The American people in general have fared relatively well in these difficult times. The massive protests abroad, and of course those in the United States, have primarily focused on Bush Jr. and his handlers. Most have wisely placed the blame squarely on their shoulders, for it is a fault of government, rather than that of the people. Persons in all cultures realise that the high level of domestic support for the war, as shown in polls, reflects the mindless majority who don’t really think independently, but only parrot what they believe is the opinion ensuring conformity.

While attending a protest rally outside the U.S., I observed an example of this understanding. Two young idiots with an American flag walked into the middle of a large area the crowd had left open in front of the speaker's podium. During the speeches, their attempt at provoking the crowd of thousands got a response from a small group of teenagers. Soon, they were in possession of the flag, and proceeded to stomp on it. No one cheered. An elderly Arab woman in traditional garb came from the perimeter and took it away from the boys, then returned to her spot, cleaning the flag as she went. Passions are high during rallies, yet almost all know who is really threatening the world.

Failing to realise the importance of the unthinking masses, the present anti-war movement has floundered in the West. Governments are well aware of how easy it is to manipulate public opinion. Even when public sentiments are overwhelmingly opposed to war, officials simply disseminate lies, threats, and fear to change them. As each statement by the Bush administration was proven to be false, they simply switched to new falsehoods. The average person does not judge the validity of current allegations based on the veracity of past ones made by the same source, they simply accept everything told to them by people in authority at face value.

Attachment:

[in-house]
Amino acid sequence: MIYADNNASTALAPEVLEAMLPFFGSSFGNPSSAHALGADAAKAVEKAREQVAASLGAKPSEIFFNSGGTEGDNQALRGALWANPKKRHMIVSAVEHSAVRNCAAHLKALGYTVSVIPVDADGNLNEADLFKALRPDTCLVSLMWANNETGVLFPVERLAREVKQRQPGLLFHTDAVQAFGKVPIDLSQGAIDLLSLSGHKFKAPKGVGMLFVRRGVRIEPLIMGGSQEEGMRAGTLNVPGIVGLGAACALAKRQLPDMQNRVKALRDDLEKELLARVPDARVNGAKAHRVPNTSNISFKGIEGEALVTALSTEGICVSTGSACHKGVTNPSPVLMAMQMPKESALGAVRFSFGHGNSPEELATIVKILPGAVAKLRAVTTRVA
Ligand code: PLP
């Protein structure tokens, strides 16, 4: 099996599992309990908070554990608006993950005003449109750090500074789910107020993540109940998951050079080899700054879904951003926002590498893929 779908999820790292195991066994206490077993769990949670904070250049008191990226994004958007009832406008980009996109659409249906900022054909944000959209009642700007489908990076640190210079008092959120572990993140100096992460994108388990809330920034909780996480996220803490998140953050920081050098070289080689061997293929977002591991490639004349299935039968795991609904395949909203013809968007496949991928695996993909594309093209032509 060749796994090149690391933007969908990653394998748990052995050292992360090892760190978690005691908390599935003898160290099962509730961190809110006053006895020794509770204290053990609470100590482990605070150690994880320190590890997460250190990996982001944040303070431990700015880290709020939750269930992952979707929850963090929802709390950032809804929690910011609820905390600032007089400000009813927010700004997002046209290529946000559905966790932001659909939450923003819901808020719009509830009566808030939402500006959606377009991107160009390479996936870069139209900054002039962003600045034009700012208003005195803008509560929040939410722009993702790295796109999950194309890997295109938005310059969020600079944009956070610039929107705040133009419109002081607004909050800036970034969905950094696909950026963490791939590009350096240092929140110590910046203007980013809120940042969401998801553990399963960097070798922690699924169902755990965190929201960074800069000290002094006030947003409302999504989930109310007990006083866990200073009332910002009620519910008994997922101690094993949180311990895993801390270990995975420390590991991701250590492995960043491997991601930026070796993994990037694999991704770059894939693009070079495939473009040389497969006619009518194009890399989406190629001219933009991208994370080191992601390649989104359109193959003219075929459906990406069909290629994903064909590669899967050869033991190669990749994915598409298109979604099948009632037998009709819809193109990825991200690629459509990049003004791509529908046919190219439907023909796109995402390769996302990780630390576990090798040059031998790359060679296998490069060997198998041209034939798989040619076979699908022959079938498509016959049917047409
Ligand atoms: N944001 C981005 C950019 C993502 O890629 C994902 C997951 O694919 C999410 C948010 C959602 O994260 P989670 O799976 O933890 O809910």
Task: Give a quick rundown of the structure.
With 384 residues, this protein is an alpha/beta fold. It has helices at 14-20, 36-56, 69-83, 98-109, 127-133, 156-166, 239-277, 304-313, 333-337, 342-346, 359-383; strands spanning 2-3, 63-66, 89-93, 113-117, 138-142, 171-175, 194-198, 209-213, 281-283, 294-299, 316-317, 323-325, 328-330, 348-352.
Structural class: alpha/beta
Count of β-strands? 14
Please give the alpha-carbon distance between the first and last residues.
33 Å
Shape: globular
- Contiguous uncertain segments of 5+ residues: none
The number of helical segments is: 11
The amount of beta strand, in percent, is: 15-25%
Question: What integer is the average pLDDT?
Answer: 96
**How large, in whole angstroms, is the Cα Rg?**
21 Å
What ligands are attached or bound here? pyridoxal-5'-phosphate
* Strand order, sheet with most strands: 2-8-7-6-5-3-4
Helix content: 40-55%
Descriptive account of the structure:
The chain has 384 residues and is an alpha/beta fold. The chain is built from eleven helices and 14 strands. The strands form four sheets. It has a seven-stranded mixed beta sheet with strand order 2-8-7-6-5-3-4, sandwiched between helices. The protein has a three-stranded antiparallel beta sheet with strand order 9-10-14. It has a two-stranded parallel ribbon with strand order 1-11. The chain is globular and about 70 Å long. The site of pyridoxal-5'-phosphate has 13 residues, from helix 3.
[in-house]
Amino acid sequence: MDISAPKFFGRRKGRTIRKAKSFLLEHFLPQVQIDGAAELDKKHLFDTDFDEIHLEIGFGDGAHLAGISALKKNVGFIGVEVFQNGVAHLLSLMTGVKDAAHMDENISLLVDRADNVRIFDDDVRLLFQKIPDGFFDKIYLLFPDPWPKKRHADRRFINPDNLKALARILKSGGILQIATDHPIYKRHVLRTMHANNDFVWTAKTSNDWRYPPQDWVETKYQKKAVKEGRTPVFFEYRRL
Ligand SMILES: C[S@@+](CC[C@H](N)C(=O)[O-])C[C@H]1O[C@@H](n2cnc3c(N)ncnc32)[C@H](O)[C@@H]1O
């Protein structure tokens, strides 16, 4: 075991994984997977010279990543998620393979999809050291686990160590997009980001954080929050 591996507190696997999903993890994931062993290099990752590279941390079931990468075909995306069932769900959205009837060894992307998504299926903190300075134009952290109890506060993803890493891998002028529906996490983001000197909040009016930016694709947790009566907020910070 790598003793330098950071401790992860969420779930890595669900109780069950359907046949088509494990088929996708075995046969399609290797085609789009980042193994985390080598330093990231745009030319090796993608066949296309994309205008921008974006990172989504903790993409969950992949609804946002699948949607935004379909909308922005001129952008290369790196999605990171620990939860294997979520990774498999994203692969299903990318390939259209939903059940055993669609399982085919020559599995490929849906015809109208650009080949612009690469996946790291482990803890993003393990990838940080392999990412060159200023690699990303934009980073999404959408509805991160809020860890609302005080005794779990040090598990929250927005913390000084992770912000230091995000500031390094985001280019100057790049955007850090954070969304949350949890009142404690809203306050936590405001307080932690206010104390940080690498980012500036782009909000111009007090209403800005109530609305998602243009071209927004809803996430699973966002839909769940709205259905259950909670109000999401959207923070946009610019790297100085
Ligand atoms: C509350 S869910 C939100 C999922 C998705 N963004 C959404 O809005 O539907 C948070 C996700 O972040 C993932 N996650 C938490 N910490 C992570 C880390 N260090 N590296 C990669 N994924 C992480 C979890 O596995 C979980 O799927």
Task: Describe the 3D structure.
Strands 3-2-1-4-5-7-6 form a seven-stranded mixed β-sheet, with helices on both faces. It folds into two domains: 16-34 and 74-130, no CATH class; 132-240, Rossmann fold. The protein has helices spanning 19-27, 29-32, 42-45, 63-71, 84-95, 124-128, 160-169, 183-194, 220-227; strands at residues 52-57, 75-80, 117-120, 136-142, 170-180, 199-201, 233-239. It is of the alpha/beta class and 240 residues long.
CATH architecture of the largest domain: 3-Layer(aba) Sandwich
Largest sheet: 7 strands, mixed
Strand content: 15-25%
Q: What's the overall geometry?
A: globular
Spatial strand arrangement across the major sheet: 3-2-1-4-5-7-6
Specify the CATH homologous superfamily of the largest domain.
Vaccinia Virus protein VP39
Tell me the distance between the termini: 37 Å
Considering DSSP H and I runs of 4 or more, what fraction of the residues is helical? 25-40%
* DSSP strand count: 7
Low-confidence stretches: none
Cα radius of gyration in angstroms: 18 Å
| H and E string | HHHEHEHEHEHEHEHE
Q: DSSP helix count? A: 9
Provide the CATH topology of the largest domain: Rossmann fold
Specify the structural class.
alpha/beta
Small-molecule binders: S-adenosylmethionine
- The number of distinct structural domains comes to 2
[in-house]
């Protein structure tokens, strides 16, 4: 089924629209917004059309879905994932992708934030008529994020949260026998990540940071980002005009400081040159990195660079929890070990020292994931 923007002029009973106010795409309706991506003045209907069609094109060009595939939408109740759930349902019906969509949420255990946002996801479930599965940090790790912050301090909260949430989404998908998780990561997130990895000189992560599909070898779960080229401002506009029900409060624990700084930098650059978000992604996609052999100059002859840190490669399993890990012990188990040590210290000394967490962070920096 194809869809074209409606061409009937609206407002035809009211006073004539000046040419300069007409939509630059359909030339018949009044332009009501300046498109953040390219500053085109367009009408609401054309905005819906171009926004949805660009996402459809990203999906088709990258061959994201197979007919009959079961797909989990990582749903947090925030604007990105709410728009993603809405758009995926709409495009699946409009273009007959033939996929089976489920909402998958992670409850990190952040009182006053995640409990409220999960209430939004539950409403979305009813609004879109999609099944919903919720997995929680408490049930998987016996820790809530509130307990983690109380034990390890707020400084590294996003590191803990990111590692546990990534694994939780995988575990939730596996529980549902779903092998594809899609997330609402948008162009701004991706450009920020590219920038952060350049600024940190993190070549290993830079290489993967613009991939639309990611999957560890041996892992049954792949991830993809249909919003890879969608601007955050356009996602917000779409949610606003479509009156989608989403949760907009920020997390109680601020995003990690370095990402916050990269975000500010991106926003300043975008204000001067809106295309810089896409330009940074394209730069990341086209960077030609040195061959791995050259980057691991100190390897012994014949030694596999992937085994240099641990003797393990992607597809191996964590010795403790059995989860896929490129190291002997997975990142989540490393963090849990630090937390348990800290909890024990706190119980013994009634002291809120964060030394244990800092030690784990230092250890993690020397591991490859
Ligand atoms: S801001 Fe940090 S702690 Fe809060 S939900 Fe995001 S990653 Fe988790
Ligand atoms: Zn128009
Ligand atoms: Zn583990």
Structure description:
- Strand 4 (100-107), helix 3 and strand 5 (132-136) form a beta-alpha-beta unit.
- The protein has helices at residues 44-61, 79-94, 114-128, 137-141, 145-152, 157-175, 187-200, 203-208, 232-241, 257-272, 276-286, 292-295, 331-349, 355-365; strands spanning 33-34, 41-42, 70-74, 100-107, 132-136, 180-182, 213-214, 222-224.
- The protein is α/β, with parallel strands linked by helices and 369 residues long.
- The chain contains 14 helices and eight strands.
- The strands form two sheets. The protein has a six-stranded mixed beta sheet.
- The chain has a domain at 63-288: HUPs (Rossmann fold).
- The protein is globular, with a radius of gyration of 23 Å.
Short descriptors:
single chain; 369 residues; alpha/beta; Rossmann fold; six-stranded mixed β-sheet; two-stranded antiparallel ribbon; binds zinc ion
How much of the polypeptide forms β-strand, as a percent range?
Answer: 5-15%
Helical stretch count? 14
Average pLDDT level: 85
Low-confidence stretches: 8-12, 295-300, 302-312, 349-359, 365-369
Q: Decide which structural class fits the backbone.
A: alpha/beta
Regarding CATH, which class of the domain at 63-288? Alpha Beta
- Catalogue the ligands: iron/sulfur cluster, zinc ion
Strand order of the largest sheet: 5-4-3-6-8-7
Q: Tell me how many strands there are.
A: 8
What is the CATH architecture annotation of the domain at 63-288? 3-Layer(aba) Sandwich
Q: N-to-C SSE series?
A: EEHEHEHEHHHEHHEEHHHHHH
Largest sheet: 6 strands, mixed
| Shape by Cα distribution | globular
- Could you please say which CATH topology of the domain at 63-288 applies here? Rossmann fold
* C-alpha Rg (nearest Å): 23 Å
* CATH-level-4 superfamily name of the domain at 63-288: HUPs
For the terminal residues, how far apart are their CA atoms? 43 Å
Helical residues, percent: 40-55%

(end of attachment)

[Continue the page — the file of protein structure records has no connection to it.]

Public opinion is shaped by competing forces, and one does not succeed by believing most people will be swayed by simply promoting the truth, for the typical person responds to emotional stimuli over logic. Those who contend for power try to evoke strong feelings in order to further their cause, and target the most basic of these: fear. Hatred and anger are rooted in fear, as are all human insecurities. Currently, the government uses threats to manipulate the masses. Threaten their personal safety by suggesting that evil nations will attack them with “weapons of mass destruction”. Threaten that anyone who opposes government policy is not patriotic, and will be shunned by their peers. Threaten that participating in peace protests makes you an enemy of the people. Threaten their ability to provide for themselves and their family, since the occupation and destruction of foreign nations benefits certain domestic companies, and somehow America’s home market would suffer if action had not been taken. Detain, question, or publicly vilify those who appear to have an influence on others, in order to intimidate people into conformity.

The anti-war movement has focused on ethics and common sense. Certainly this draws the small minority of independent, intelligent people, but it does not produce the numbers needed to have an impact. Millions of protesters in America is impressive, and never before have so many made the effort to oppose the government. However, it is only perhaps five percent of the population, and although this obviously represents a considerably greater number who do not actually attend, politicians care only about a simple majority.